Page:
Recreating Paris in Phnom Penh — for the rich

blog image

A huge high-end project that mimics Parisian streets and architecture is located in the center of Phnom Penh’s city and is an attempt to capitalize on the region’s growing demand for luxury goods in one of Asia’s poorest countries.

Beside the Mekong River, a copy of the Arc de Triomphe towers over stores and apartments inspired by Parisian Haussmann architecture.

“This building is gorgeous, really amazing,” said 49-year-old Heng Sokharith, who bought a space for his furniture company in the Elysee complex, which is named after the famous Champs-Elysees in Paris.

“Having such an iconic building in Cambodia fills us with pride.”

This “mini-Paris” is touted as an exclusive haven for the wealthy, providing escape from the busy activity and noise of the two million-person metropolis with its well-kept sidewalks, little cafes, and declared refinement.

What was previously marshland on an island has been transformed by the developers, OCIC, who built towers, a hospital, and an international school. One of the biggest companies in the country, OCIC, invested $400 million in the Elysee project, which began in 2015 and is almost finished.

The island where Elysee is located, Koh Pich, represents Phnom Penh’s comeback after decades of conflict that came to an end in the early 1990s.

Over the past 20 years, Cambodia’s economy has grown at one of the fastest rates in Asia. But cronyism and corruption plague the nation, with much wealth concentrated in the hands of an elite few connected to the longtime dictator Hun Sen and his son Hun Manet, who took over last year.

Even though the garment industry pays a minimum wage of approximately $200 per month and the GDP per capita is slightly over $1,600, the price of the large Elysee apartments soars to $1,300 per square meter despite these difficult circumstances. Nevertheless, according to OCIC Vice-President Thierry Tea, more than 80% of the 229 units have been sold, even though not all of them are now inhabited.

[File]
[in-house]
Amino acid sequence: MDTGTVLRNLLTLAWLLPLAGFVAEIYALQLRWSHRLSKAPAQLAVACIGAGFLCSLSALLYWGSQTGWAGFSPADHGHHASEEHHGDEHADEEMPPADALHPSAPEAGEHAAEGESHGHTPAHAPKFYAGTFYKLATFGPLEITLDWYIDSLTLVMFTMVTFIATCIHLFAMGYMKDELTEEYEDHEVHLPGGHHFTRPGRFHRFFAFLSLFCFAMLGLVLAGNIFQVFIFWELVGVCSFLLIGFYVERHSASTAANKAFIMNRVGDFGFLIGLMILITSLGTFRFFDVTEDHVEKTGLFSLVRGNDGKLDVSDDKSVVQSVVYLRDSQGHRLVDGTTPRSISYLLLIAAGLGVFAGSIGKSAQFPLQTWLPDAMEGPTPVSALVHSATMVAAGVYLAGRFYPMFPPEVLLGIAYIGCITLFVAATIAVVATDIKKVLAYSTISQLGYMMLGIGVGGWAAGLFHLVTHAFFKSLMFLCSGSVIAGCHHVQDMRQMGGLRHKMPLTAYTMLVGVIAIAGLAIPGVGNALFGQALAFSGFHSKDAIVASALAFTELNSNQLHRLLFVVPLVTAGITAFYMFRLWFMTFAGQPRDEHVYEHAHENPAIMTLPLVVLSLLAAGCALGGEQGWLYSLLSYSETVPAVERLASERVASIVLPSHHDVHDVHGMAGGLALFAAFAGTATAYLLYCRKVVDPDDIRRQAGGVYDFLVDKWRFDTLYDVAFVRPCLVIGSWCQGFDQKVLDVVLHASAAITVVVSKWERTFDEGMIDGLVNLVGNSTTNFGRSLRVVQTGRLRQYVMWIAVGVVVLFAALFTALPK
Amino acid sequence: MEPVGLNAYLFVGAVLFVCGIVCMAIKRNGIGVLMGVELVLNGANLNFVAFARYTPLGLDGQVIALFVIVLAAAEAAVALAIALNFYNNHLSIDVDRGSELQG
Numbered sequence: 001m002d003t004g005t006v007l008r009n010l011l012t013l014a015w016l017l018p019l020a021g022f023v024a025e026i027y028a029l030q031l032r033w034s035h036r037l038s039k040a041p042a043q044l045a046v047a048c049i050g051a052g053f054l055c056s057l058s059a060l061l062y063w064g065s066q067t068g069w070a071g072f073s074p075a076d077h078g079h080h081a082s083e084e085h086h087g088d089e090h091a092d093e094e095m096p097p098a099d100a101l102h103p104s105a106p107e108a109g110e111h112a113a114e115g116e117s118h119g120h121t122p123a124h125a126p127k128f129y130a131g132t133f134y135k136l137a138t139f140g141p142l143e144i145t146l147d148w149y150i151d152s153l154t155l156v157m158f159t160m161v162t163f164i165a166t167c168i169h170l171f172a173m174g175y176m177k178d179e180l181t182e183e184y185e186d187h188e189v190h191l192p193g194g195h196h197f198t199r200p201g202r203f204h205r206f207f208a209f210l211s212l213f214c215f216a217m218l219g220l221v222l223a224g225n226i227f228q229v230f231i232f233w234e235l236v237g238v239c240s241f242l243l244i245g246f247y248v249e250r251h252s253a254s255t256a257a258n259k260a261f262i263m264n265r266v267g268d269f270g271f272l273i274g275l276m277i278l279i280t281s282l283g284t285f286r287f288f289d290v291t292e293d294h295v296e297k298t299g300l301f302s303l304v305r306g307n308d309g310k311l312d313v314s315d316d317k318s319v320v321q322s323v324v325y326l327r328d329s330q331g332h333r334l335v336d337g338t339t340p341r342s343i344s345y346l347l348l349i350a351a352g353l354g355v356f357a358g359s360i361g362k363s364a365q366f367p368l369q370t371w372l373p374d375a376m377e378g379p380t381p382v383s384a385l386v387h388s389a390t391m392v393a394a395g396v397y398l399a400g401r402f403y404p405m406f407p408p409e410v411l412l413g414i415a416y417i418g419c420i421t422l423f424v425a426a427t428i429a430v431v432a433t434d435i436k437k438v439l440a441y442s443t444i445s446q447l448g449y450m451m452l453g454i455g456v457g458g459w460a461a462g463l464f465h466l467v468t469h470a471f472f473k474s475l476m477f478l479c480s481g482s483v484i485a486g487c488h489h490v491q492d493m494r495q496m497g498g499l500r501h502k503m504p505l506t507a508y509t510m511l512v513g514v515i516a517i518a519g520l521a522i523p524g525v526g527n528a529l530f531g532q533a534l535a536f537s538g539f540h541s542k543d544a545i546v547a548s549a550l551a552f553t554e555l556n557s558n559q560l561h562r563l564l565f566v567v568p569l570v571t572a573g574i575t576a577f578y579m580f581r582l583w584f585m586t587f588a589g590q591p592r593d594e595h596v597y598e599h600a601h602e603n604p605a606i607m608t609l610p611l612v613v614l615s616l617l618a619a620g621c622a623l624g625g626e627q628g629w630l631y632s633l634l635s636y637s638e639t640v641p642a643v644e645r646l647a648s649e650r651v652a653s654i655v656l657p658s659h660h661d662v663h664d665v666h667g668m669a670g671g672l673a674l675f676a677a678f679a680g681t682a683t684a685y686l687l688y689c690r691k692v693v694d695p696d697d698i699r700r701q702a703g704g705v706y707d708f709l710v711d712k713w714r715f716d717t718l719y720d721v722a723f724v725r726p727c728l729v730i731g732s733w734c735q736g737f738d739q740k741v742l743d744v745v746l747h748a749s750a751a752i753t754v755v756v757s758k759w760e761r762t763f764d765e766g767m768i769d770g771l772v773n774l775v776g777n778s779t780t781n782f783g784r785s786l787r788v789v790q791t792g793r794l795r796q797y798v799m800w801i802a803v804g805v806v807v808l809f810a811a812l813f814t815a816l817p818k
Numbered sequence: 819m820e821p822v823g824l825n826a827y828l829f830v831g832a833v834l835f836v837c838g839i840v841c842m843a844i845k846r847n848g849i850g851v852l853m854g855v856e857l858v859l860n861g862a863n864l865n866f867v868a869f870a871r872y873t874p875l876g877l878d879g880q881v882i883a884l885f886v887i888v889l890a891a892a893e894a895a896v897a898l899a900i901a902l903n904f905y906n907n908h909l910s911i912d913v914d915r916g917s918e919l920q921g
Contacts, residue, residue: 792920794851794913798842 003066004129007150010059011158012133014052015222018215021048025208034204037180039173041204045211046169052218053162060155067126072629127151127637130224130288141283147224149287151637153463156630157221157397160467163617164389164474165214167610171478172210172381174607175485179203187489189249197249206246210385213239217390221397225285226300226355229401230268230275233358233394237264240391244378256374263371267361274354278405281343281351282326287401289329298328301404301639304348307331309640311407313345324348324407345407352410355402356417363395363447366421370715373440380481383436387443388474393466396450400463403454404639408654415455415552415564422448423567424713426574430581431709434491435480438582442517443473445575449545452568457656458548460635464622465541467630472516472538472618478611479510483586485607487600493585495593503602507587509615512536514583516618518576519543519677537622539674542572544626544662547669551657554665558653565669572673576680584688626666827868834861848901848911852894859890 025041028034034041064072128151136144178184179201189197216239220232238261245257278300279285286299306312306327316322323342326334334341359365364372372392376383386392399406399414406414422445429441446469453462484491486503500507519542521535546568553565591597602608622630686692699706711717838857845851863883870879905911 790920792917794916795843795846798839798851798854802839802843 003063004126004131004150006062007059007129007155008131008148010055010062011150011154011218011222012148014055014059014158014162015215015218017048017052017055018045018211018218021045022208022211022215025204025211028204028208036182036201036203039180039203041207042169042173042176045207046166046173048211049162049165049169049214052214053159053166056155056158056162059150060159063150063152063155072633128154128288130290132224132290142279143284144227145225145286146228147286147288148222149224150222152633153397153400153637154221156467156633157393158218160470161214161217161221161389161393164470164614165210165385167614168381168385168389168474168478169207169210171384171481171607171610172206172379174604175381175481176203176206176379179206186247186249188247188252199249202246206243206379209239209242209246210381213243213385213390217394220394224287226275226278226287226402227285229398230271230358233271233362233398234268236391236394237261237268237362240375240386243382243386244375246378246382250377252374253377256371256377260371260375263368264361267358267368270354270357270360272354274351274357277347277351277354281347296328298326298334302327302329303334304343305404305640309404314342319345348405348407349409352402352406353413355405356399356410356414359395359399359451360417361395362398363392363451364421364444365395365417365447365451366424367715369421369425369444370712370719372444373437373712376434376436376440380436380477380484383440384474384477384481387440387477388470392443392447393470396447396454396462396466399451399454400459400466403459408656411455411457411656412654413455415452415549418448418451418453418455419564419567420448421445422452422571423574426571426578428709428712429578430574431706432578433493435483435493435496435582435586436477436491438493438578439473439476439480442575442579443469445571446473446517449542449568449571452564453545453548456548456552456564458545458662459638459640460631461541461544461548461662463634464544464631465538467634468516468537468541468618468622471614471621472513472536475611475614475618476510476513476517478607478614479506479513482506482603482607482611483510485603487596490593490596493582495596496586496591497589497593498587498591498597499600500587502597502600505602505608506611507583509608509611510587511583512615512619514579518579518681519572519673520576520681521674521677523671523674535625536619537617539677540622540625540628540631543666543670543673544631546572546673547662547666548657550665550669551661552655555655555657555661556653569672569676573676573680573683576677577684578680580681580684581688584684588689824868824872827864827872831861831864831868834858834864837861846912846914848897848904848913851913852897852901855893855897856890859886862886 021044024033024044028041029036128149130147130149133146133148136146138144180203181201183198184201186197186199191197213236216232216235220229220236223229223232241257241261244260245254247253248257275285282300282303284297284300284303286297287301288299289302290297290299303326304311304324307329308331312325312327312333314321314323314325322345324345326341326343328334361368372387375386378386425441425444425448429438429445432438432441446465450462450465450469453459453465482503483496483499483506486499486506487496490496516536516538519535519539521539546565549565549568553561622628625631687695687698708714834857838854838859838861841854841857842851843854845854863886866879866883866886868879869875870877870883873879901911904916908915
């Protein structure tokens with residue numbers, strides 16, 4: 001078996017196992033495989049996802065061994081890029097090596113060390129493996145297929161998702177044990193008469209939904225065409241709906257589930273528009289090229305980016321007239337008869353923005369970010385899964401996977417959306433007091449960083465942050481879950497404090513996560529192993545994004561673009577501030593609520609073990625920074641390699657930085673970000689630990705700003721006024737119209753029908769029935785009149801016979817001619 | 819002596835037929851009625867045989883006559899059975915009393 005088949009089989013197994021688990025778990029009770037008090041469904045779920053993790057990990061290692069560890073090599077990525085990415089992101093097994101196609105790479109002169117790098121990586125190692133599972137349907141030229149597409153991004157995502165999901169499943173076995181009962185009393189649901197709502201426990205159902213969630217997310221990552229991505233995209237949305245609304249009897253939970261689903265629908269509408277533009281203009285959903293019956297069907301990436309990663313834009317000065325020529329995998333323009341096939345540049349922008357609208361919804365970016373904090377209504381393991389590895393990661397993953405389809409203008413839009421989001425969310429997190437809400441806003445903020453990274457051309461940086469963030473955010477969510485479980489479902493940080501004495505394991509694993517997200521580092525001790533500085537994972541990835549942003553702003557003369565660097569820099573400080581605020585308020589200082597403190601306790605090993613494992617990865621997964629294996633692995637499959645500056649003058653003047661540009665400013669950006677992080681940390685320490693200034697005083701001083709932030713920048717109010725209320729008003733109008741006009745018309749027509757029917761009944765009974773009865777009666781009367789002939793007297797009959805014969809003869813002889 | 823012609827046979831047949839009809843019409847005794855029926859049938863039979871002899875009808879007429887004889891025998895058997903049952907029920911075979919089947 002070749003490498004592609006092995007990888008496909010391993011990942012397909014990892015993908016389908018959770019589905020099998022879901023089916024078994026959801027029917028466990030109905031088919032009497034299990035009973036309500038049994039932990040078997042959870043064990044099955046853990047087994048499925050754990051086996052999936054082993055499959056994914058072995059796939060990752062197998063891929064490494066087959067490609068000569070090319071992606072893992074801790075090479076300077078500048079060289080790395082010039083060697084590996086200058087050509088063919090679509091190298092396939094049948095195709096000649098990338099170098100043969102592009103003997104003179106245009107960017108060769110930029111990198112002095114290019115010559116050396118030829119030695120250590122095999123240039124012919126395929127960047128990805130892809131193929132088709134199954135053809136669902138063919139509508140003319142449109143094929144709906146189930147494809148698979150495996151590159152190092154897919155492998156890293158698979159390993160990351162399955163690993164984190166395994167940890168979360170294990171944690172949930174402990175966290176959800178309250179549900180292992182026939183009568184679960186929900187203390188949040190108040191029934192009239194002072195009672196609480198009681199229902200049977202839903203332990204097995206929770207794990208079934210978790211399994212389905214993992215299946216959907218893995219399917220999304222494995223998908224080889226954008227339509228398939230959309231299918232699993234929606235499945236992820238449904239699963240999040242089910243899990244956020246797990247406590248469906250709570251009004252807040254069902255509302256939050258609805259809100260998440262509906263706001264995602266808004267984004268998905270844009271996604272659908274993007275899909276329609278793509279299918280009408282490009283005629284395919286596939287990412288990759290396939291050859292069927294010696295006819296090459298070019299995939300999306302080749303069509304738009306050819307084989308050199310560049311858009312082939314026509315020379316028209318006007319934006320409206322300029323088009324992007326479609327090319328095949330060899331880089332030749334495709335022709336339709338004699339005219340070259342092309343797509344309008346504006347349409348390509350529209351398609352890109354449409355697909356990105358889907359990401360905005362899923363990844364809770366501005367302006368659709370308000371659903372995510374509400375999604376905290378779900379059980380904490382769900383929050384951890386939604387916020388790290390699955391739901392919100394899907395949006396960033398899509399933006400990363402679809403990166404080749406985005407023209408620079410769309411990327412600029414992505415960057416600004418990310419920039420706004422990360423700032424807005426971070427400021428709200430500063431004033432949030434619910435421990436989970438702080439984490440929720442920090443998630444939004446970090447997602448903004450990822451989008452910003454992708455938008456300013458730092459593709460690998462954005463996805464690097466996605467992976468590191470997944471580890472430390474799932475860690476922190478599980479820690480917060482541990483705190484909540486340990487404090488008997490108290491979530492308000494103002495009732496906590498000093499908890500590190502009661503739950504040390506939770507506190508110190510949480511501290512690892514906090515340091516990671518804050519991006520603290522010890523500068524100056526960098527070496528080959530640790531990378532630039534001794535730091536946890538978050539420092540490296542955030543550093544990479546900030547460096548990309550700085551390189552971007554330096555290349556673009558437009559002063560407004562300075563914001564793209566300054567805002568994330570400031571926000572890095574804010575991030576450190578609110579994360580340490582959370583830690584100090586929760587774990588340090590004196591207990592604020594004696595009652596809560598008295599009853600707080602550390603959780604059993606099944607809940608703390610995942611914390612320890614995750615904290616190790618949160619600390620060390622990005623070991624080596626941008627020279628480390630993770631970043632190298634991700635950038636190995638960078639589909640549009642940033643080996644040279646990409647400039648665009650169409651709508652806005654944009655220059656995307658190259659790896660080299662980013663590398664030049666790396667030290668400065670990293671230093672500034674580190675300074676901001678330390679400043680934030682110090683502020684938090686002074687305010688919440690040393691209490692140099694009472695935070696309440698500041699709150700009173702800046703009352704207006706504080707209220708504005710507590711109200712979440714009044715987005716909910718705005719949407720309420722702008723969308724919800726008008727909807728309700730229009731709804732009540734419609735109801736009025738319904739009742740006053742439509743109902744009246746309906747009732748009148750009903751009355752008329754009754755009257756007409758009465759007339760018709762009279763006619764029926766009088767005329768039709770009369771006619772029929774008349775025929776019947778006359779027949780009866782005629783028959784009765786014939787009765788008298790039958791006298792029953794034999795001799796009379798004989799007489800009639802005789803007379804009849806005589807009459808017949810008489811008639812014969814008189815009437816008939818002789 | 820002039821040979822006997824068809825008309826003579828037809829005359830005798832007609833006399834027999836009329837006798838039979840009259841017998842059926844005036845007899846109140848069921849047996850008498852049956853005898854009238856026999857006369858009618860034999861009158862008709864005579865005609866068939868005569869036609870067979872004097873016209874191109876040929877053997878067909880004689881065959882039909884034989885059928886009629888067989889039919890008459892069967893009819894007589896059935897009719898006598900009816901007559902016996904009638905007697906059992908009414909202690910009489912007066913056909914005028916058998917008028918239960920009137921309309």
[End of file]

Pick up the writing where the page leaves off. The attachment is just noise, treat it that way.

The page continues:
With affordable real estate costs as compared to other nearby cities, Phnom Penh hopes to attract foreign investors.

“If customers seek to purchase, rent, or secure returns on investment, they are warmly welcomed,” Tea told AFP. “There are lots of chances in Cambodia. Phnom Penh is a rapidly developing city with great promise.”

Cambodia has developed deeper ties with China under Hun Sen’s direction, which has led to a wave of Chinese investments that have not only fueled the construction boom in the capital but also given rise to a proliferation of casinos and other less respectable businesses.

“New Frontier”

Proponents of Elysee and other high-end developments expect Chinese funding as well as the growing middle class in China’s attraction to luxury brands.

In the near future, a high-end retail complex with up to 75 boutiques is scheduled to open near Koh Pich. The managing director of Bluebell, the business that owns the mall, Pierre Balsan, sees Cambodia as “a new frontier for luxury brands.”

“Changing brand managers’ perceptions of Cambodia and the country’s image” is the main task, Balsan told AFP.

Balsan said that part of the attraction of the nation was the handing over of authority to a younger generation last year, embodied by 46-year-old Hun Manet, who studied in both the United States and Britain.

Representing a new generation of elite leaders following his father’s nearly forty years in power, Hun Manet has promised to make Cambodia a “high-income country” by the year 2050. He does, however, manage a corrupt system that his father left behind, one that stifled any political criticism and rewarded cliques with ties to the government.

In an interview with AFP, Gabriel Fauveaud, a geography expert at the University of Montreal who specializes in Phnom Penh’s urban growth, pointed out the city’s pattern of “real estate income being monopolized by influential entities with political ties.”

A number of Cambodians working in the luxury goods industry declined to speak with AFP, citing the need for privacy.

Heng Sokharith is still upbeat about his investment, though.

“I foresee further development in the future, making this area even more appealing.”

Ethan Sullivan

Ethan's penchant for the pulse of the fashion world extends to covering lifestyle topics, offering readers a seamless blend of the latest style updates and lifestyle trends.

Read more